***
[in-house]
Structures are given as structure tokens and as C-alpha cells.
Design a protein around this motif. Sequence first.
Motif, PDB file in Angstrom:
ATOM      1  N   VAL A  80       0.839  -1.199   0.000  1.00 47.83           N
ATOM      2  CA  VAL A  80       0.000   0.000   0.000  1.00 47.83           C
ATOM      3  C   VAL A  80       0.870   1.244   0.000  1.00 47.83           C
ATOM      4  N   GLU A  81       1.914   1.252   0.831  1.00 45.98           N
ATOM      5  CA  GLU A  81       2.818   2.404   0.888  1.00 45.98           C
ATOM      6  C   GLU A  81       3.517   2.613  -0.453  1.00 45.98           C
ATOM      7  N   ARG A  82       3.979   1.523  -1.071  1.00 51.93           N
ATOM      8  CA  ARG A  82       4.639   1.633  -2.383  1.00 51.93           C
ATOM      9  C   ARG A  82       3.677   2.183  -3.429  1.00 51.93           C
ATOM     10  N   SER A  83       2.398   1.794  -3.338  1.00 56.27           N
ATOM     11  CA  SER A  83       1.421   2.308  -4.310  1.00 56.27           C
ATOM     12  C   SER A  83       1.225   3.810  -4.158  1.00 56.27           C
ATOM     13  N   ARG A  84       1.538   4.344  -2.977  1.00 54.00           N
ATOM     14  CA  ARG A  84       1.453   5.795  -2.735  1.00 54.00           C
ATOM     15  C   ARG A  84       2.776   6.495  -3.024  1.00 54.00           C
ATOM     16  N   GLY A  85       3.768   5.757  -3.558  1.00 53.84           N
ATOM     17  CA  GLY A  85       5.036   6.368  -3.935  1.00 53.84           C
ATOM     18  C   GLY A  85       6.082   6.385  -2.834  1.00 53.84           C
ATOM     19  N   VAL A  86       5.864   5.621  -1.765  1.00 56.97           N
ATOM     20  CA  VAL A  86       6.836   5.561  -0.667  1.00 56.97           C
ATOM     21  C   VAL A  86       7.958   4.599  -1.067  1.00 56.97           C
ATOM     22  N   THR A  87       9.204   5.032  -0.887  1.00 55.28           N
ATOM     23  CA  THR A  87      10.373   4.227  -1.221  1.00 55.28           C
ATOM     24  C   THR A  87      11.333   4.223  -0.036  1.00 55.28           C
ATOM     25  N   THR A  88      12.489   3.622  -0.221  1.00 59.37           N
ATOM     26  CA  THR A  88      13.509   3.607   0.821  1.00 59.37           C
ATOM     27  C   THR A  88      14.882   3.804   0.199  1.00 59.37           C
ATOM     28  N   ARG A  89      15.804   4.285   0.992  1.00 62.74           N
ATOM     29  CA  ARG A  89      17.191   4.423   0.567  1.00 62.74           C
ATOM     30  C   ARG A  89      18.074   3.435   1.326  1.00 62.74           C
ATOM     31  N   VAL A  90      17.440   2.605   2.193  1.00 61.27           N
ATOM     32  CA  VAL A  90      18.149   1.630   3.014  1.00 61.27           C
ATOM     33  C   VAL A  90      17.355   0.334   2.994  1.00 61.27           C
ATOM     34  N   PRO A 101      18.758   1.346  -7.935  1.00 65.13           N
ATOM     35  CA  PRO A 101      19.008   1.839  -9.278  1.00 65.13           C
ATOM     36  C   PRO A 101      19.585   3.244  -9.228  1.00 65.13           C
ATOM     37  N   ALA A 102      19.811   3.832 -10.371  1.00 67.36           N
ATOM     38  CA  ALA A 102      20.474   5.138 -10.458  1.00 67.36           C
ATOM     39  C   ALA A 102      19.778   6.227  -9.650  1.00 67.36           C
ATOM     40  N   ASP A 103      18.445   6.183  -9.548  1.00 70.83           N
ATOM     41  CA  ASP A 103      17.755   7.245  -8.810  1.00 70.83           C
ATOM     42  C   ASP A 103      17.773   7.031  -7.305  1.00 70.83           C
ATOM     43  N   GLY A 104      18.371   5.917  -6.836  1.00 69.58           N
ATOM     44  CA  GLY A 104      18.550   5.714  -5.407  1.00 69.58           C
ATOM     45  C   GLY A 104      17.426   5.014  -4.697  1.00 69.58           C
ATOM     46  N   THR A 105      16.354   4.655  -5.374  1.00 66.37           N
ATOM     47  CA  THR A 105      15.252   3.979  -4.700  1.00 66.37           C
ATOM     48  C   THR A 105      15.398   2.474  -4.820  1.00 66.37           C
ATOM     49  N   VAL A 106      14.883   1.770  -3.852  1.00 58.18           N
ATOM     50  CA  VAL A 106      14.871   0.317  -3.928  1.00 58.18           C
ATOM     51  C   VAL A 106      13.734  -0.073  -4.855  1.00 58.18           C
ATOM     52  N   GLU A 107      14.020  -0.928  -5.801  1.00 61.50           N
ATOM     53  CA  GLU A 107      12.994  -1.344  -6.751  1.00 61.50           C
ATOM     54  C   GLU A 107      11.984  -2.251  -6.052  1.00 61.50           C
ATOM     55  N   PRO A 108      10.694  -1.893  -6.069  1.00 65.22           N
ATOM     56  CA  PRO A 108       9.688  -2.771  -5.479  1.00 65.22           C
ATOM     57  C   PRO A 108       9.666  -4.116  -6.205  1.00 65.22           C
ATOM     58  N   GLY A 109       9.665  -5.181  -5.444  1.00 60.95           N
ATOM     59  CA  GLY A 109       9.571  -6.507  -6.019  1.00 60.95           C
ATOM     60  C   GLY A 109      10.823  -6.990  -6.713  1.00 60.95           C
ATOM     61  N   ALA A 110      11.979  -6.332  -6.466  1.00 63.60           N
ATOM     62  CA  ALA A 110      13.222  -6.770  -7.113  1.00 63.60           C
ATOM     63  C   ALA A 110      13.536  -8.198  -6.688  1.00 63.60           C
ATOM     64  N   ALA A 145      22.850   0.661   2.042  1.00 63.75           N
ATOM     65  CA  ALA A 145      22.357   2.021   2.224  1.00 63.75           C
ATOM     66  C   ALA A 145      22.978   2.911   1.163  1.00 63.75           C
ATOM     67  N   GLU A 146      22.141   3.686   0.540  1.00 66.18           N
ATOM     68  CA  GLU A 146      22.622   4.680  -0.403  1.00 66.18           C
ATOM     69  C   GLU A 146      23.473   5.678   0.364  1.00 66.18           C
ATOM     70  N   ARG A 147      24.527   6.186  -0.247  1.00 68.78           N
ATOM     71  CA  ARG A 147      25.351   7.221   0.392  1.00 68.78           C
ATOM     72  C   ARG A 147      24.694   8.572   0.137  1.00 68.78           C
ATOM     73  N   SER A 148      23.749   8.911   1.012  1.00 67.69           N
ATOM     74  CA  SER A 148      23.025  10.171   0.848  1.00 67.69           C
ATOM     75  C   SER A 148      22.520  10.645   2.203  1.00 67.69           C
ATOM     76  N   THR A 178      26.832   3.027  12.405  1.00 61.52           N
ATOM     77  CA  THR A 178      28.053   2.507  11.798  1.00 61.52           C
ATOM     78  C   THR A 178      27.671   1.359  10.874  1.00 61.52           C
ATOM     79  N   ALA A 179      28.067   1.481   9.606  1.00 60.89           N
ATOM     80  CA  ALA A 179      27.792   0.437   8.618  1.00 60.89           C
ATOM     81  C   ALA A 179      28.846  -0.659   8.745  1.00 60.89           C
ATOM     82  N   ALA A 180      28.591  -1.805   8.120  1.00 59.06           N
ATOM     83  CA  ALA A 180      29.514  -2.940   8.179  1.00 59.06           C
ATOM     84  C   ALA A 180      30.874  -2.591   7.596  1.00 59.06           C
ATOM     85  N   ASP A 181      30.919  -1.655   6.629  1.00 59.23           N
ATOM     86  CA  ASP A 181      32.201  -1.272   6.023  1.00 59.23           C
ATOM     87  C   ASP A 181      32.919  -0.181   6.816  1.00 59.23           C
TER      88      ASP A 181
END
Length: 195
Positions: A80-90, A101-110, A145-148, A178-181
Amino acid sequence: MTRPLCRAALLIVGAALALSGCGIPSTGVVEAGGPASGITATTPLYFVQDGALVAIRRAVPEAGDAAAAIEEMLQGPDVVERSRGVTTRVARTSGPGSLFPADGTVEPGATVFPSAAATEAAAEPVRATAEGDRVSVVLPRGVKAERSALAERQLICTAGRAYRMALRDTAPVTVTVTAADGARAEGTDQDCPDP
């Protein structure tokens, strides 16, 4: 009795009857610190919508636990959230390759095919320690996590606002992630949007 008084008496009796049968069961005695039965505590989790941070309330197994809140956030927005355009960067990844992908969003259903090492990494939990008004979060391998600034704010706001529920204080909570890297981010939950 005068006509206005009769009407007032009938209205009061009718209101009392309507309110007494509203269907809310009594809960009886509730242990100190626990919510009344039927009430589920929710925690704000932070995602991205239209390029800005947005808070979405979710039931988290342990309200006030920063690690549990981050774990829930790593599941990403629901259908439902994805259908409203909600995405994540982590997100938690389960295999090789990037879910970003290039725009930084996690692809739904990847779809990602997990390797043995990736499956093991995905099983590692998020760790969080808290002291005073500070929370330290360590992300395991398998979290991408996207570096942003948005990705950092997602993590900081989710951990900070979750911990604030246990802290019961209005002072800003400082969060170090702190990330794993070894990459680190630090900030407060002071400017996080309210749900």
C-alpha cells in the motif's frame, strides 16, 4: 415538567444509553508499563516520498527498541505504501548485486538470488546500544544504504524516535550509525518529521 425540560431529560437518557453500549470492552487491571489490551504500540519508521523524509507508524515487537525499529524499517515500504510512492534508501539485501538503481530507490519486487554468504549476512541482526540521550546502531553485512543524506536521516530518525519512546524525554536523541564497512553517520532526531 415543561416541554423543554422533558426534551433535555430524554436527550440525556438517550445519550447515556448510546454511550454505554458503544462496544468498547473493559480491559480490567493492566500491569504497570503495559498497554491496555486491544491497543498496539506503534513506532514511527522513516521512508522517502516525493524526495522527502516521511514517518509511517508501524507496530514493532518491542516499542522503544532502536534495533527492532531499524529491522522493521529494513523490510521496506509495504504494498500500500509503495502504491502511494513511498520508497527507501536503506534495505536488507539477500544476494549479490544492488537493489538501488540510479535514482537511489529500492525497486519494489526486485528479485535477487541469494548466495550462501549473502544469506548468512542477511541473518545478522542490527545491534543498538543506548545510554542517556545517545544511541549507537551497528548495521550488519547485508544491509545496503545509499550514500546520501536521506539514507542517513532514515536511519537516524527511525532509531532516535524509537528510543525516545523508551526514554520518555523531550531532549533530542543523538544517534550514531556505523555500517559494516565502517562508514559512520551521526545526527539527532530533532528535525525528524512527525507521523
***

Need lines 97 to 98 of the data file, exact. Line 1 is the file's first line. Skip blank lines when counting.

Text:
């Protein structure tokens, strides 16, 4: 009795009857610190919508636990959230390759095919320690996590606002992630949007 008084008496009796049968069961005695039965505590989790941070309330197994809140956030927005355009960067990844992908969003259903090492990494939990008004979060391998600034704010706001529920204080909570890297981010939950 005068006509206005009769009407007032009938209205009061009718209101009392309507309110007494509203269907809310009594809960009886509730242990100190626990919510009344039927009430589920929710925690704000932070995602991205239209390029800005947005808070979405979710039931988290342990309200006030920063690690549990981050774990829930790593599941990403629901259908439902994805259908409203909600995405994540982590997100938690389960295999090789990037879910970003290039725009930084996690692809739904990847779809990602997990390797043995990736499956093991995905099983590692998020760790969080808290002291005073500070929370330290360590992300395991398998979290991408996207570096942003948005990705950092997602993590900081989710951990900070979750911990604030246990802290019961209005002072800003400082969060170090702190990330794993070894990459680190630090900030407060002071400017996080309210749900």
C-alpha cells in the motif's frame, strides 16, 4: 415538567444509553508499563516520498527498541505504501548485486538470488546500544544504504524516535550509525518529521 425540560431529560437518557453500549470492552487491571489490551504500540519508521523524509507508524515487537525499529524499517515500504510512492534508501539485501538503481530507490519486487554468504549476512541482526540521550546502531553485512543524506536521516530518525519512546524525554536523541564497512553517520532526531 415543561416541554423543554422533558426534551433535555430524554436527550440525556438517550445519550447515556448510546454511550454505554458503544462496544468498547473493559480491559480490567493492566500491569504497570503495559498497554491496555486491544491497543498496539506503534513506532514511527522513516521512508522517502516525493524526495522527502516521511514517518509511517508501524507496530514493532518491542516499542522503544532502536534495533527492532531499524529491522522493521529494513523490510521496506509495504504494498500500500509503495502504491502511494513511498520508497527507501536503506534495505536488507539477500544476494549479490544492488537493489538501488540510479535514482537511489529500492525497486519494489526486485528479485535477487541469494548466495550462501549473502544469506548468512542477511541473518545478522542490527545491534543498538543506548545510554542517556545517545544511541549507537551497528548495521550488519547485508544491509545496503545509499550514500546520501536521506539514507542517513532514515536511519537516524527511525532509531532516535524509537528510543525516545523508551526514554520518555523531550531532549533530542543523538544517534550514531556505523555500517559494516565502517562508514559512520551521526545526527539527532530533532528535525525528524512527525507521523